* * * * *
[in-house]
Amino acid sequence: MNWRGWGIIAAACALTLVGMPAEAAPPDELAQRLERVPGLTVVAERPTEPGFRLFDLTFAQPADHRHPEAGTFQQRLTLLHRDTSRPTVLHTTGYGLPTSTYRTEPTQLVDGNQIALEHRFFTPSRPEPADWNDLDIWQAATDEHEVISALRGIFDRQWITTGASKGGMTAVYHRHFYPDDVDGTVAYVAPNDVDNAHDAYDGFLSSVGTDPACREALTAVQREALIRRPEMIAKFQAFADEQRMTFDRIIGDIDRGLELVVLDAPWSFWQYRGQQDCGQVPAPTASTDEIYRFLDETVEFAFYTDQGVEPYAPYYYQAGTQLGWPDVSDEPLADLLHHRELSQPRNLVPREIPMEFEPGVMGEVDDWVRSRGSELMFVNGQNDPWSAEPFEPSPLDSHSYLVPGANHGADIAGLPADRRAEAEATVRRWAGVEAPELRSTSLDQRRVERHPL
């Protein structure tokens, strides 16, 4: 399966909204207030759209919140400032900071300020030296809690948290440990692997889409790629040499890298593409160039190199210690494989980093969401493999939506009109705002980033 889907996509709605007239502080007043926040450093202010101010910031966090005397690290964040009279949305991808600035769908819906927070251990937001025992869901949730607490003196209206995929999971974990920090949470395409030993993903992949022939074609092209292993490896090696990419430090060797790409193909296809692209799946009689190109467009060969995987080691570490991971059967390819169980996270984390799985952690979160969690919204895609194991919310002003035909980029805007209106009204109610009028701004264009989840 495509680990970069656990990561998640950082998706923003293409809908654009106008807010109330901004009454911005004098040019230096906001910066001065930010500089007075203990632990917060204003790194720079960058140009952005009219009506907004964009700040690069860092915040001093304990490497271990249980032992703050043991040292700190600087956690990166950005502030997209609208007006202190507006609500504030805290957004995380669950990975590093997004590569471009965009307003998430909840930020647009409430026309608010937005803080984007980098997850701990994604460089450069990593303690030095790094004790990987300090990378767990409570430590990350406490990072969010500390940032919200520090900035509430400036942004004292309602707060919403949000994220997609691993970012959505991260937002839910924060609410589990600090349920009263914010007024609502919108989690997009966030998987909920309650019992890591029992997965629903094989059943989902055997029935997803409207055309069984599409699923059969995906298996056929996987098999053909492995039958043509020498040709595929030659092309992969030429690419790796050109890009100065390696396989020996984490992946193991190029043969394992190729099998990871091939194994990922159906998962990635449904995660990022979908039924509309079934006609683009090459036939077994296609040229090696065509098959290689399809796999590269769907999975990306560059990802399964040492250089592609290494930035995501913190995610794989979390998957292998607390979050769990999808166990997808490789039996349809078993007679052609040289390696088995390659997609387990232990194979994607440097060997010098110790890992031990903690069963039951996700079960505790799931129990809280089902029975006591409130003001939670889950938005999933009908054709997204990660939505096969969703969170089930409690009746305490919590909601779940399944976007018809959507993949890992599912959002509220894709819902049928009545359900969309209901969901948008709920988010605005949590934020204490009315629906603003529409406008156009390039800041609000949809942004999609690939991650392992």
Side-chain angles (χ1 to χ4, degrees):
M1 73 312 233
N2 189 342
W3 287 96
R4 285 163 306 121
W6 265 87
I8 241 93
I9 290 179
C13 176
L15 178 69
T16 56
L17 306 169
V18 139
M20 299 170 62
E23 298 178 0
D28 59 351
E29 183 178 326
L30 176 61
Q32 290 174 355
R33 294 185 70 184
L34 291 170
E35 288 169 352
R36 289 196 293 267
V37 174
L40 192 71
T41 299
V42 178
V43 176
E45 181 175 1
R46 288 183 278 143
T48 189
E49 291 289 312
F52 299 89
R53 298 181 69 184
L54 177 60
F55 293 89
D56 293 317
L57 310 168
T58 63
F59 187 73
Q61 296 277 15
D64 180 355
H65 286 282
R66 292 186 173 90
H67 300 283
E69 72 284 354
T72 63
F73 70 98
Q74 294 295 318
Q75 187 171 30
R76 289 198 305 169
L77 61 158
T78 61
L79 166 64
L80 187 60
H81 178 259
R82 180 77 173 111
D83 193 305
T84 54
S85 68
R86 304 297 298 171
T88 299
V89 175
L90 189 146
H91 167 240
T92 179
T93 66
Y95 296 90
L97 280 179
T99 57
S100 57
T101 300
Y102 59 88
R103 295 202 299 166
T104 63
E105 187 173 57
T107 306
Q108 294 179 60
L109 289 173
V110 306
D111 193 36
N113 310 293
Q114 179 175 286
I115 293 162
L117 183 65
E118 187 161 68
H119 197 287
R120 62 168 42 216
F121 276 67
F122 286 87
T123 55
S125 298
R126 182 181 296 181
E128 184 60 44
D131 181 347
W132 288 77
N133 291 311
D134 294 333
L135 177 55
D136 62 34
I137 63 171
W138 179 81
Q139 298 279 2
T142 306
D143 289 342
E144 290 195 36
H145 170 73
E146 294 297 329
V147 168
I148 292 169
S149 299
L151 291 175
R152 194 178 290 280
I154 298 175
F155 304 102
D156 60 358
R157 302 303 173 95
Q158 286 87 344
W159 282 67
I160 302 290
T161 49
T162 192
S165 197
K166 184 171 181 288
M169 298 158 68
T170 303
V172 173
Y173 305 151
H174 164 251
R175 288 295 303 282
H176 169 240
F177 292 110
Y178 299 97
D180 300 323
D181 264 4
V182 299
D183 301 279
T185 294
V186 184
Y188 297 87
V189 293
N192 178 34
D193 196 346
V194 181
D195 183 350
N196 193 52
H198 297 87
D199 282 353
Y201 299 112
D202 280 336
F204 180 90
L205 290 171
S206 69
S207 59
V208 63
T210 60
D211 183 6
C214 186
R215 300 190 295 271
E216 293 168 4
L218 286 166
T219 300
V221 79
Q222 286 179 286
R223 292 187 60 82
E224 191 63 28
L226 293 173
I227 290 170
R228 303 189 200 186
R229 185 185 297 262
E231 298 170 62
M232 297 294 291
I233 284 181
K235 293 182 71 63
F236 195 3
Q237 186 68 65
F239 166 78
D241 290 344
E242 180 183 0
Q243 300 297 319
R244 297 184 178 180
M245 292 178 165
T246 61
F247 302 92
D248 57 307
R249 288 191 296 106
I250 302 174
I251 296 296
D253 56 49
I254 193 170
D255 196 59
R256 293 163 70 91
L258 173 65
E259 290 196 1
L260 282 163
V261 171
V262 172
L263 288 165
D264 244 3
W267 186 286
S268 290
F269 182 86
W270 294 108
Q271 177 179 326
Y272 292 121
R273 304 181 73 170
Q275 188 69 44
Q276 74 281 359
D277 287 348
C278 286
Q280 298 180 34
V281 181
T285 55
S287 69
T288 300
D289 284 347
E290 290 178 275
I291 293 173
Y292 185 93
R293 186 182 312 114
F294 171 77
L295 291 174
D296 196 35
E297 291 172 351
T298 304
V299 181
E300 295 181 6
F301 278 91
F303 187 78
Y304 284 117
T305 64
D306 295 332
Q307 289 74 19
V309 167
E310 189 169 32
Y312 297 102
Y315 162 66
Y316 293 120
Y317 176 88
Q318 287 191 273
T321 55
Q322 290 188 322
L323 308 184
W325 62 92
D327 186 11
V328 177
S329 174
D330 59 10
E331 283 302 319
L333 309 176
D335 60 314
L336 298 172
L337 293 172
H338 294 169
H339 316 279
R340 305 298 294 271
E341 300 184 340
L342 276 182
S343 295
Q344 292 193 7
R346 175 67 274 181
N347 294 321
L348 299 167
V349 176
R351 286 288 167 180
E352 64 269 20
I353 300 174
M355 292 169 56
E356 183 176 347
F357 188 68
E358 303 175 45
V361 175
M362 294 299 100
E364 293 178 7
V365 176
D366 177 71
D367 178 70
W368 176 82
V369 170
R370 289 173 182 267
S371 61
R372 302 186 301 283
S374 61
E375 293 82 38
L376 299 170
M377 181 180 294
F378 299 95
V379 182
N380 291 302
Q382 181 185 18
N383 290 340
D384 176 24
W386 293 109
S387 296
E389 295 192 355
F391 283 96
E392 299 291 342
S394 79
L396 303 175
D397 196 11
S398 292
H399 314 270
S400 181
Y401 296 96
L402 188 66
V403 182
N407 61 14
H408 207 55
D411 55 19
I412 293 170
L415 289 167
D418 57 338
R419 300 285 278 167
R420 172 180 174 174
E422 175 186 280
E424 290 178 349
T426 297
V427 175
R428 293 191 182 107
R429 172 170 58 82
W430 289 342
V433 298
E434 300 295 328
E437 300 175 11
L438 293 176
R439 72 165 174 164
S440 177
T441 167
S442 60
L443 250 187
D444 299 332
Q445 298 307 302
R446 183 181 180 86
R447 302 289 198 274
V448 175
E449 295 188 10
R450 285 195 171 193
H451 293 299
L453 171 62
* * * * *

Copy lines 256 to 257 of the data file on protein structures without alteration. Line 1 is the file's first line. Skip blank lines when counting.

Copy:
L337 293 172
H338 294 169